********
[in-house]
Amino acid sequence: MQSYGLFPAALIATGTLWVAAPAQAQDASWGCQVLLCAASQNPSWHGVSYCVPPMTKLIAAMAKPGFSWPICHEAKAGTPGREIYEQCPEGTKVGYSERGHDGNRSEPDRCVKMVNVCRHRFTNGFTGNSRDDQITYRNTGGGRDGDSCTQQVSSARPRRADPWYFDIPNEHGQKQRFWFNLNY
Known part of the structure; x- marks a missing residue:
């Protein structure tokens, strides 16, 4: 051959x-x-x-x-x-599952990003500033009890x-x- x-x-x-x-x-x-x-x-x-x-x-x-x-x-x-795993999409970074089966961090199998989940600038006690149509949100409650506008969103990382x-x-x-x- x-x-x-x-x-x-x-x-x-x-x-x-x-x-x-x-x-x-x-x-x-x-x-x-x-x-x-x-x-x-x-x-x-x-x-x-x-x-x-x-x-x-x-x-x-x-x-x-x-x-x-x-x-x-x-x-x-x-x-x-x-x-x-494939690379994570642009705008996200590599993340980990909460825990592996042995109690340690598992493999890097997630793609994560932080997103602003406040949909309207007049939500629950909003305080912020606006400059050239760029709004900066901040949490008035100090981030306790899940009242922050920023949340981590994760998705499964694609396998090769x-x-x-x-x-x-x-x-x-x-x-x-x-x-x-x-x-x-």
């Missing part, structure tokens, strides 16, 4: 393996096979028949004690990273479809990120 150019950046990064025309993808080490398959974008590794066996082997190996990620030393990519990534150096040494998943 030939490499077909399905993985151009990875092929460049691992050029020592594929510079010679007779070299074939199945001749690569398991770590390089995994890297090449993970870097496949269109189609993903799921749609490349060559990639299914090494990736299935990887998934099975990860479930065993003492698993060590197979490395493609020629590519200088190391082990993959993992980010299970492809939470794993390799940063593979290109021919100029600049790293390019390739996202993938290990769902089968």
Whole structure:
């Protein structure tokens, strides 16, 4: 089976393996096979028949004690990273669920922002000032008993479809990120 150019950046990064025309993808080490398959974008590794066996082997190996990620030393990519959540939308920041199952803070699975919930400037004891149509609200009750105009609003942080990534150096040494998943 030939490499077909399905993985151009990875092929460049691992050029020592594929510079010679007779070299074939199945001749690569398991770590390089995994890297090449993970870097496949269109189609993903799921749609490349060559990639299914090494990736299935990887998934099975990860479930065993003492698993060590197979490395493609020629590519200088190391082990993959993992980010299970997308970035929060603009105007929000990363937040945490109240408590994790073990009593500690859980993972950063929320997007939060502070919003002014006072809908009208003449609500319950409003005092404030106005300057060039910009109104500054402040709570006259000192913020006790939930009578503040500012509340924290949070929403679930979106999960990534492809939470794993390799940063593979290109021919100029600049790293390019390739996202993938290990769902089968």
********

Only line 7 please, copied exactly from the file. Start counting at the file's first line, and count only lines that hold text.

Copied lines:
């Protein structure tokens, strides 16, 4: 089976393996096979028949004690990273669920922002000032008993479809990120 150019950046990064025309993808080490398959974008590794066996082997190996990620030393990519959540939308920041199952803070699975919930400037004891149509609200009750105009609003942080990534150096040494998943 030939490499077909399905993985151009990875092929460049691992050029020592594929510079010679007779070299074939199945001749690569398991770590390089995994890297090449993970870097496949269109189609993903799921749609490349060559990639299914090494990736299935990887998934099975990860479930065993003492698993060590197979490395493609020629590519200088190391082990993959993992980010299970997308970035929060603009105007929000990363937040945490109240408590994790073990009593500690859980993972950063929320997007939060502070919003002014006072809908009208003449609500319950409003005092404030106005300057060039910009109104500054402040709570006259000192913020006790939930009578503040500012509340924290949070929403679930979106999960990534492809939470794993390799940063593979290109021919100029600049790293390019390739996202993938290990769902089968």